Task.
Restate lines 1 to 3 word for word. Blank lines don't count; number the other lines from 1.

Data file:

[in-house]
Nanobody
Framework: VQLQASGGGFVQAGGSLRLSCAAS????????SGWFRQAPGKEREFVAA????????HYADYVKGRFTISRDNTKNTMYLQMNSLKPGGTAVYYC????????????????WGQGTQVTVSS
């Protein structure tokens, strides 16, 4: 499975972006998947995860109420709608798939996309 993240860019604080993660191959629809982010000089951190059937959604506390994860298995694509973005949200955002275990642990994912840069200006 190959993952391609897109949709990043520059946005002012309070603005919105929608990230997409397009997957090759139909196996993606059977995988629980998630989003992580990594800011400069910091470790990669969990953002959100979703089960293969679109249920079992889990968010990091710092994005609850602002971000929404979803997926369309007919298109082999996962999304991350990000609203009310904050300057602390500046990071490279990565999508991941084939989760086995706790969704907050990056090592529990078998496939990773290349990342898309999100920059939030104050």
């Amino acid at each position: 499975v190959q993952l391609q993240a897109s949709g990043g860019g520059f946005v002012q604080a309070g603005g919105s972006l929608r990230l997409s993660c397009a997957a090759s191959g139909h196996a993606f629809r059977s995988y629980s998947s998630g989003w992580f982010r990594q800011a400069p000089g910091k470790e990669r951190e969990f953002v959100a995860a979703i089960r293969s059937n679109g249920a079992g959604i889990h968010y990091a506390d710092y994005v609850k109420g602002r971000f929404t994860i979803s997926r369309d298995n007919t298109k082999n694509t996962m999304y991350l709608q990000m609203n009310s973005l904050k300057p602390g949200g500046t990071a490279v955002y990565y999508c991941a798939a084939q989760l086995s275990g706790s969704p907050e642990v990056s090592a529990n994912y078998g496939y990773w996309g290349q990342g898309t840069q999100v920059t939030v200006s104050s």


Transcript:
[in-house]
Nanobody
Framework: VQLQASGGGFVQAGGSLRLSCAAS????????SGWFRQAPGKEREFVAA????????HYADYVKGRFTISRDNTKNTMYLQMNSLKPGGTAVYYC????????????????WGQGTQVTVSS